does not result in the proposed plan effectuating a retrogression
of the minority voting strength in the city.
In addition, and perhaps more clearly, our analysis
indicates that the evidence precludes a determination that the
proposed plan was not adopted, at least in part, to effectuate
this proscribed effect.
The starting point of our analysis concerning whether the
plan was motivated by an intent to retrogress is Village of
Arlington Heights v. Metropolitan Housing Development Corp., 429
U.S. 252 (1977). There, the Supreme Court identified the
analytical structure for determining whether racially
discriminatory intent exists. This approach requires an inquiry
into: 1) the impact of the decision; 2) the historical background
of the decision, particularly if it reveals a series of decisions
undertaken with discriminatory intent; 3) the sequence of events
leading up to the decision; 4) whether the challenged decision
departs, either procedurally or substantively, from the normal
practice; and 5) contemporaneous statements and viewpoints held
by the decision-makers. Id. at 266-68.
Following the framework presented in that case, we turn
first to the city's past redistricting efforts, particularly
those in 1993 and 1995. In each instance the Attorney General
determined that the city failed to establish that, under an
analogous set of facts, those efforts were not motivated, at
least in part, by a discriminatory purpose.
Second, despite the existence under the benchmark plan of
four districts in which black persons were a majority, the city
sought a redistricting plan, "which would consist of three
majority-minority districts, and three majority districts."
Letter of April 2, 2004, at 1. The city has provided no evidence
to rebut the conclusion that use of such a criterion under these
circumstances was designed, at least in part, to retrogress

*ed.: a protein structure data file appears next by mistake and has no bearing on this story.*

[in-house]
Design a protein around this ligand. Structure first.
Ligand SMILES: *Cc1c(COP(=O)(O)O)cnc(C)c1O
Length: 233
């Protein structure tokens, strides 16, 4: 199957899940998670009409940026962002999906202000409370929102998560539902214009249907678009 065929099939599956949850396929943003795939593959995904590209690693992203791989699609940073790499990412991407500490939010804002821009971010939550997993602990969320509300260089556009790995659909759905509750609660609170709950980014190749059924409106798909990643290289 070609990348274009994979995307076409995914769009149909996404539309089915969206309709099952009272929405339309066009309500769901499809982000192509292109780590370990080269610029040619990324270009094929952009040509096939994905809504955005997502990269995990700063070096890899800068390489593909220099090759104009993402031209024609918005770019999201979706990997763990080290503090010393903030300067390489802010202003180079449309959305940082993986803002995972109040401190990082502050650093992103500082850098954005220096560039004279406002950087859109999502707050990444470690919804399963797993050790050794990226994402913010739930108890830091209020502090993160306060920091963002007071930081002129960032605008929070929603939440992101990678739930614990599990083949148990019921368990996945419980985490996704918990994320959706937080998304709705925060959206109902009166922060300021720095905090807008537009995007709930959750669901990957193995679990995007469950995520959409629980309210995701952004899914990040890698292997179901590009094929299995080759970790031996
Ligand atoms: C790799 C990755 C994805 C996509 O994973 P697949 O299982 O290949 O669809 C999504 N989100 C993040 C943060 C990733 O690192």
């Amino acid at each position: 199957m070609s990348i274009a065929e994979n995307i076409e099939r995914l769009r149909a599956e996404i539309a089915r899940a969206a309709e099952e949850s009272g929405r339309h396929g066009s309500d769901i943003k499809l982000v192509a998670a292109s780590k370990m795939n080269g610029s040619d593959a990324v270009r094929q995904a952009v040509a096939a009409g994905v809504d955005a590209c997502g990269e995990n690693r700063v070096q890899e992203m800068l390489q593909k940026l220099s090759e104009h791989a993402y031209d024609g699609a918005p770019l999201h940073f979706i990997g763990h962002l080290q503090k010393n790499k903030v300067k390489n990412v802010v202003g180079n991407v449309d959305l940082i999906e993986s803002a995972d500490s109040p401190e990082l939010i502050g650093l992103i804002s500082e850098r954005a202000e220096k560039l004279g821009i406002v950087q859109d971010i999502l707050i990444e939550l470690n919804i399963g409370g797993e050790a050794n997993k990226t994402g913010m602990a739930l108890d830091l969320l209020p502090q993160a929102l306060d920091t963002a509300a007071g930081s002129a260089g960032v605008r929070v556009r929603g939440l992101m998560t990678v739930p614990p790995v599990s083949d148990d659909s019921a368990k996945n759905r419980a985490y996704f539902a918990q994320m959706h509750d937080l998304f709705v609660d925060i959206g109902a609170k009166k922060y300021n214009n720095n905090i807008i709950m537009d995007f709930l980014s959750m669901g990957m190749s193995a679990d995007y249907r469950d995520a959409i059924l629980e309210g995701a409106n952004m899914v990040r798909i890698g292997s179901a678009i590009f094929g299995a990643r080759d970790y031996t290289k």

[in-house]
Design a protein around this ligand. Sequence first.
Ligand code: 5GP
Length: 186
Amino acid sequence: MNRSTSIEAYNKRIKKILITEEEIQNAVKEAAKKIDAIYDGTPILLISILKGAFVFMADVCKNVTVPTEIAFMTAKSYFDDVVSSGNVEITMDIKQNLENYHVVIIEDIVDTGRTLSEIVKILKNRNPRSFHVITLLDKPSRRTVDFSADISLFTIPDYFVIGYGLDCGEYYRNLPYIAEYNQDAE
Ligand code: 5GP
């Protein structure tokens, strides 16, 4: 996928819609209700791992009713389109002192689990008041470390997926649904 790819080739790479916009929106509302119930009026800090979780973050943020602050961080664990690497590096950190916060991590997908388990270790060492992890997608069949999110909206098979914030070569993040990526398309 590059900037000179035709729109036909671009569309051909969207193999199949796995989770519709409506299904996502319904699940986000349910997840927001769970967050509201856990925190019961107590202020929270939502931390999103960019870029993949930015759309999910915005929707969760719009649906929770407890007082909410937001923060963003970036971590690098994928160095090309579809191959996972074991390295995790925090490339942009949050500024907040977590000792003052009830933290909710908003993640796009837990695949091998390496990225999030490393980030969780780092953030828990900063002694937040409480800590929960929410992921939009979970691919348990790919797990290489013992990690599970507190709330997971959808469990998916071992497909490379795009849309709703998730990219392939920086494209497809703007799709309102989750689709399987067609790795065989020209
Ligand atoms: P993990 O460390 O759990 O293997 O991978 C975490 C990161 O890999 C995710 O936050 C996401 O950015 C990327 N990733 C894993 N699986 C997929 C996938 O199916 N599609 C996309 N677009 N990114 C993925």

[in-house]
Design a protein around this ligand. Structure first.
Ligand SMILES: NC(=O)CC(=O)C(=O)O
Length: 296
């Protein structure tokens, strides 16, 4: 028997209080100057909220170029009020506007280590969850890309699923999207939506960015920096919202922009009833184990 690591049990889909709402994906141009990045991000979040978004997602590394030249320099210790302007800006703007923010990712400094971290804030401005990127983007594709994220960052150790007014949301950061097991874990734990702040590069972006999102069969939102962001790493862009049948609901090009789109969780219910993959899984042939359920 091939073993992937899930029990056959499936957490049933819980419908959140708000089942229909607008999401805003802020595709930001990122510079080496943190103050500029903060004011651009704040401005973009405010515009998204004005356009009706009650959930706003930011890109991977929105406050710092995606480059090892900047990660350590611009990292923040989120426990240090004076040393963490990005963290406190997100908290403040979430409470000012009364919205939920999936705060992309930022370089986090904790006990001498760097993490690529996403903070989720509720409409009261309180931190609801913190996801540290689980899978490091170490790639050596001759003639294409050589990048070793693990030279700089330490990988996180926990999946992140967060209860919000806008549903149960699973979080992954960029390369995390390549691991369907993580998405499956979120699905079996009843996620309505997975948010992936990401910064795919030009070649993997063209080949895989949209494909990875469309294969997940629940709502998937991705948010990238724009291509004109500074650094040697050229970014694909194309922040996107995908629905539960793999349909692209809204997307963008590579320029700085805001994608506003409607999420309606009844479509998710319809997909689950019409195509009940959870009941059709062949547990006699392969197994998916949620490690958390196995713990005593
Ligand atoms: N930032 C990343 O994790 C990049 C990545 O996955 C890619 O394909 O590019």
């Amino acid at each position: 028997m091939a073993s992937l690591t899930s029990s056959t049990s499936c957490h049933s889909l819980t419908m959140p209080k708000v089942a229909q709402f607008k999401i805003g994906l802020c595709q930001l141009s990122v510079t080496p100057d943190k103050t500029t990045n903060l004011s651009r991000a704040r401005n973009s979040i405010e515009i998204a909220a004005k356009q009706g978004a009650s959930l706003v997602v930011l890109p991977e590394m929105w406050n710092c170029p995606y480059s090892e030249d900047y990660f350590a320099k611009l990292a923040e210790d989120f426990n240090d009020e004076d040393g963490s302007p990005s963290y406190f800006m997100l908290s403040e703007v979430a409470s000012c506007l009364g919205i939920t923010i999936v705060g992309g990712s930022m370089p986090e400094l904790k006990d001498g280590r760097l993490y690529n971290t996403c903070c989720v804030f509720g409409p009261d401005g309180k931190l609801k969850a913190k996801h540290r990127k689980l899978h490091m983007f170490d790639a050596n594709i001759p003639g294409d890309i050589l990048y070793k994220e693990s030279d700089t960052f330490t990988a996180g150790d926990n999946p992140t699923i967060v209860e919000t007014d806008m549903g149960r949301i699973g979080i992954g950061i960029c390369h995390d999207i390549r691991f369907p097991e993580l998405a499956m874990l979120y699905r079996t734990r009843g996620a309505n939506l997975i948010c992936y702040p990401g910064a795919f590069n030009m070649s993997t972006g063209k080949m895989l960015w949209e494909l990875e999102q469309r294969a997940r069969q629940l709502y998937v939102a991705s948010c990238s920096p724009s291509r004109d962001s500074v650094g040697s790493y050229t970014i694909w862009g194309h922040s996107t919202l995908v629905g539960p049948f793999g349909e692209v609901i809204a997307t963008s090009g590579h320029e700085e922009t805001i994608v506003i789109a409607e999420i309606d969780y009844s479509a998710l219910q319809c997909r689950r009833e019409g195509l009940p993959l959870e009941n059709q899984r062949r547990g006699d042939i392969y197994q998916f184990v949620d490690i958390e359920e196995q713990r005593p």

minority voting strength by eliminating the electoral ability of
black voters in District F. Garza and United States v.
County of Los Angeles, 918 F.2d 763, 778 n.1 (9th Cir. 1990), (Kozinski,
J., dissenting), cert. denied, 498 U.S. 1028 (1991).
Third, the precipitous drop in black voting strength in
District F was not driven by any constitutional or statistical
necessity. The district required, at the most, only minimal
adjustments. However, the city undertook wholesale changes,
swapping white neighborhoods for black neighborhoods, and moving
black population from District F into District B, a district
which was already 78.8 percent black.
The city claims that the reduction in District F was
necessary to retain the electoral ability of black voters in
District B. Contrary to the city's assertion, however, a plan
that retains benchmark levels of minority voting strength while
following most of the city's criteria, was possible. The city
reviewed, but gave no serious consideration to Plan 4, an
alternative plan that maintained District F at the benchmark
level and our analysis indicates that District B with 66.3
percent black population level unquestionably remains a viable
district for minority-preferred candidates. Thus, the
retrogression that results from the plan was avoidable. Georgia,
supra, at 2511.
Under Section 5 of the Voting Rights Act, the submitting
authority has the burden of showing that a submitted change has
neither a discriminatory purpose nor a discriminatory effect.
Georgia v. United States, 411 U.S. 526 (1973); 28 C.F.R. 51.52.
In light of the considerations discussed above, I cannot conclude
that your burden has been sustained in this instance. Therefore,
on behalf of the Attorney General, I must object to the city's
2003 redistricting plan.
We note that under Section 5 you have the right to seek a
declaratory judgment from the United States District Court for
the District of Columbia that the proposed change neither has the
purpose nor will have the effect of denying or abridging the
right to vote on account of race or color. 28 C.F.R. 51.44. In
addition, you may request that the Attorney General reconsider
the objection. 28 C.F.R. 51.45. However, until the objection is
withdrawn or a judgment from the District of Columbia Court is
obtained, the submitted change continues to be legally
unenforceable. Clark v. Roemer, 500 U.S. 646 (1991); 28 C.F.R.
To enable us to meet our responsibility to enforce the
Voting Rights Act, please inform us of the action the City of
Ville Platte plans to take concerning this matter. If you have
any questions, you should call Mr. Robert Lowell (202-514-3539),
an attorney in the Voting Section.
R. Alexander Acosta
Assistant Attorney General
Civil Rights Division